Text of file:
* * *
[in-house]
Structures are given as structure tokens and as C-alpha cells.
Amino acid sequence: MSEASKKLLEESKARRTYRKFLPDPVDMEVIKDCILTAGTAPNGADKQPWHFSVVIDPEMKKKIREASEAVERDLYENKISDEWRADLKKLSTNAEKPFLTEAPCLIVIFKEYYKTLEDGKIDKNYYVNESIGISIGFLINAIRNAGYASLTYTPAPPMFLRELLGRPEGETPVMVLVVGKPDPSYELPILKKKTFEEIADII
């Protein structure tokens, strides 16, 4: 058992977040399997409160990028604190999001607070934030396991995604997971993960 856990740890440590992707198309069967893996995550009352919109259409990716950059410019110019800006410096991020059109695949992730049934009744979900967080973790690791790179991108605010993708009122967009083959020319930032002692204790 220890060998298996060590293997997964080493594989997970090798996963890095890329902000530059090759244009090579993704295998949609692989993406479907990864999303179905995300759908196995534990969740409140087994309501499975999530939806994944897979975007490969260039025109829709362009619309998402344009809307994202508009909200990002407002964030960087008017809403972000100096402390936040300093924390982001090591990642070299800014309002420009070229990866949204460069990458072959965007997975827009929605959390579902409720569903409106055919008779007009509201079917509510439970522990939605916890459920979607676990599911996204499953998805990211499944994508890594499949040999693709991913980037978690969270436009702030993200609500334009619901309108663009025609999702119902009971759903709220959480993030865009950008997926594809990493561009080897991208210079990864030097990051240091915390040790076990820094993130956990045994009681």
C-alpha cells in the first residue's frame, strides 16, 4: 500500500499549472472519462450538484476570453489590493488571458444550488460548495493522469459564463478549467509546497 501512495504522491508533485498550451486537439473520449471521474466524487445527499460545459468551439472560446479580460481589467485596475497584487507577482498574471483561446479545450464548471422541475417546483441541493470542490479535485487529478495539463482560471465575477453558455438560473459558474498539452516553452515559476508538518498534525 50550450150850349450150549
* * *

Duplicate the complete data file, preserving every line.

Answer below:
[in-house]
Structures are given as structure tokens and as C-alpha cells.
Amino acid sequence: MSEASKKLLEESKARRTYRKFLPDPVDMEVIKDCILTAGTAPNGADKQPWHFSVVIDPEMKKKIREASEAVERDLYENKISDEWRADLKKLSTNAEKPFLTEAPCLIVIFKEYYKTLEDGKIDKNYYVNESIGISIGFLINAIRNAGYASLTYTPAPPMFLRELLGRPEGETPVMVLVVGKPDPSYELPILKKKTFEEIADII
């Protein structure tokens, strides 16, 4: 058992977040399997409160990028604190999001607070934030396991995604997971993960 856990740890440590992707198309069967893996995550009352919109259409990716950059410019110019800006410096991020059109695949992730049934009744979900967080973790690791790179991108605010993708009122967009083959020319930032002692204790 220890060998298996060590293997997964080493594989997970090798996963890095890329902000530059090759244009090579993704295998949609692989993406479907990864999303179905995300759908196995534990969740409140087994309501499975999530939806994944897979975007490969260039025109829709362009619309998402344009809307994202508009909200990002407002964030960087008017809403972000100096402390936040300093924390982001090591990642070299800014309002420009070229990866949204460069990458072959965007997975827009929605959390579902409720569903409106055919008779007009509201079917509510439970522990939605916890459920979607676990599911996204499953998805990211499944994508890594499949040999693709991913980037978690969270436009702030993200609500334009619901309108663009025609999702119902009971759903709220959480993030865009950008997926594809990493561009080897991208210079990864030097990051240091915390040790076990820094993130956990045994009681």
C-alpha cells in the first residue's frame, strides 16, 4: 500500500499549472472519462450538484476570453489590493488571458444550488460548495493522469459564463478549467509546497 501512495504522491508533485498550451486537439473520449471521474466524487445527499460545459468551439472560446479580460481589467485596475497584487507577482498574471483561446479545450464548471422541475417546483441541493470542490479535485487529478495539463482560471465575477453558455438560473459558474498539452516553452515559476508538518498534525 50550450150850349450150549